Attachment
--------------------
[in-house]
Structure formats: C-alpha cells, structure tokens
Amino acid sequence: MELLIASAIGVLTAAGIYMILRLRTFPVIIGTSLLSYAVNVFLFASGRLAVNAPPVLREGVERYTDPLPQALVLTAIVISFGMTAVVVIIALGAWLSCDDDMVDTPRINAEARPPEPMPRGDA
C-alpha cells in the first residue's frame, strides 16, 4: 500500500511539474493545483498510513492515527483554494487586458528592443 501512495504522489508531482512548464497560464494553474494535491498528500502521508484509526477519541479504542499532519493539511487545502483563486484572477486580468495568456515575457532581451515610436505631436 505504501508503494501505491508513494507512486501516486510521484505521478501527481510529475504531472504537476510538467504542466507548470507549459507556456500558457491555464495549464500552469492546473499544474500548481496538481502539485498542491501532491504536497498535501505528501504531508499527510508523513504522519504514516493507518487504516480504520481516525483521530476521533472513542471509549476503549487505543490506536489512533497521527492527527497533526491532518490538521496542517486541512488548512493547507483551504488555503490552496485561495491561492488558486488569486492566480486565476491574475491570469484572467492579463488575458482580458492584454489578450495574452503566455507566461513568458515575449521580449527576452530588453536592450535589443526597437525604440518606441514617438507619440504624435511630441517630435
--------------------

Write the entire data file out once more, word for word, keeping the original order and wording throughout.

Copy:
[in-house]
Structure formats: C-alpha cells, structure tokens
Amino acid sequence: MELLIASAIGVLTAAGIYMILRLRTFPVIIGTSLLSYAVNVFLFASGRLAVNAPPVLREGVERYTDPLPQALVLTAIVISFGMTAVVVIIALGAWLSCDDDMVDTPRINAEARPPEPMPRGDA
C-alpha cells in the first residue's frame, strides 16, 4: 500500500511539474493545483498510513492515527483554494487586458528592443 501512495504522489508531482512548464497560464494553474494535491498528500502521508484509526477519541479504542499532519493539511487545502483563486484572477486580468495568456515575457532581451515610436505631436 505504501508503494501505491508513494507512486501516486510521484505521478501527481510529475504531472504537476510538467504542466507548470507549459507556456500558457491555464495549464500552469492546473499544474500548481496538481502539485498542491501532491504536497498535501505528501504531508499527510508523513504522519504514516493507518487504516480504520481516525483521530476521533472513542471509549476503549487505543490506536489512533497521527492527527497533526491532518490538521496542517486541512488548512493547507483551504488555503490552496485561495491561492488558486488569486492566480486565476491574475491570469484572467492579463488575458482580458492584454489578450495574452503566455507566461513568458515575449521580449527576452530588453536592450535589443526597437525604440518606441514617438507619440504624435511630441517630435